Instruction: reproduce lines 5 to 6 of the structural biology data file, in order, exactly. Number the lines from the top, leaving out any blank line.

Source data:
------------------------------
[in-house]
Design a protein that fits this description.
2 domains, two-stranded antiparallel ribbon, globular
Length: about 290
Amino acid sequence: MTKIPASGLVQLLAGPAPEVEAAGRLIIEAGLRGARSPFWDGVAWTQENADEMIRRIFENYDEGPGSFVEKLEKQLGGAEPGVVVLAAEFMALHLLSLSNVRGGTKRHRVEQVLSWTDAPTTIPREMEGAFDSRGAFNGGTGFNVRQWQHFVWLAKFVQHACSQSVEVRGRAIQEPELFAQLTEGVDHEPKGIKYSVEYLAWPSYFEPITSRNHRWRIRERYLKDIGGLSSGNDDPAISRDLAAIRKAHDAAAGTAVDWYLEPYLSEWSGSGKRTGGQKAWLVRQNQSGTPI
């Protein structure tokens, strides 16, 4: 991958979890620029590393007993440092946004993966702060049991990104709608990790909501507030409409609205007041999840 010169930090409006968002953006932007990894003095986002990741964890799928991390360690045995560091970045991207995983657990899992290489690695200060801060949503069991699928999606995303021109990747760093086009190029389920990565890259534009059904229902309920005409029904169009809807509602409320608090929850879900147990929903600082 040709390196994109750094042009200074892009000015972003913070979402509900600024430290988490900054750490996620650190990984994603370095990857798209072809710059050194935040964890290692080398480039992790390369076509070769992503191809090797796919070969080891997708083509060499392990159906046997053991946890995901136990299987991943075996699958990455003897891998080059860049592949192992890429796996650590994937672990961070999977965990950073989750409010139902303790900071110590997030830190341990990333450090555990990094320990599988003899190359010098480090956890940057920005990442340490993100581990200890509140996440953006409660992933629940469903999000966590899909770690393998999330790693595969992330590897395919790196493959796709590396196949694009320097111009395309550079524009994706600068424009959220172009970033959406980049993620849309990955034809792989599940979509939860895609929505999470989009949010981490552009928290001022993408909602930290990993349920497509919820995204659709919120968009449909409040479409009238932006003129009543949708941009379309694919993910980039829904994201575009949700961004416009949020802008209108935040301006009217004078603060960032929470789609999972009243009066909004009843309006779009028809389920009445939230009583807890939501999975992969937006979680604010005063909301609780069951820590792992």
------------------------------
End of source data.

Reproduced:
Amino acid sequence: MTKIPASGLVQLLAGPAPEVEAAGRLIIEAGLRGARSPFWDGVAWTQENADEMIRRIFENYDEGPGSFVEKLEKQLGGAEPGVVVLAAEFMALHLLSLSNVRGGTKRHRVEQVLSWTDAPTTIPREMEGAFDSRGAFNGGTGFNVRQWQHFVWLAKFVQHACSQSVEVRGRAIQEPELFAQLTEGVDHEPKGIKYSVEYLAWPSYFEPITSRNHRWRIRERYLKDIGGLSSGNDDPAISRDLAAIRKAHDAAAGTAVDWYLEPYLSEWSGSGKRTGGQKAWLVRQNQSGTPI
């Protein structure tokens, strides 16, 4: 991958979890620029590393007993440092946004993966702060049991990104709608990790909501507030409409609205007041999840 010169930090409006968002953006932007990894003095986002990741964890799928991390360690045995560091970045991207995983657990899992290489690695200060801060949503069991699928999606995303021109990747760093086009190029389920990565890259534009059904229902309920005409029904169009809807509602409320608090929850879900147990929903600082 040709390196994109750094042009200074892009000015972003913070979402509900600024430290988490900054750490996620650190990984994603370095990857798209072809710059050194935040964890290692080398480039992790390369076509070769992503191809090797796919070969080891997708083509060499392990159906046997053991946890995901136990299987991943075996699958990455003897891998080059860049592949192992890429796996650590994937672990961070999977965990950073989750409010139902303790900071110590997030830190341990990333450090555990990094320990599988003899190359010098480090956890940057920005990442340490993100581990200890509140996440953006409660992933629940469903999000966590899909770690393998999330790693595969992330590897395919790196493959796709590396196949694009320097111009395309550079524009994706600068424009959220172009970033959406980049993620849309990955034809792989599940979509939860895609929505999470989009949010981490552009928290001022993408909602930290990993349920497509919820995204659709919120968009449909409040479409009238932006003129009543949708941009379309694919993910980039829904994201575009949700961004416009949020802008209108935040301006009217004078603060960032929470789609999972009243009066909004009843309006779009028809389920009445939230009583807890939501999975992969937006979680604010005063909301609780069951820590792992």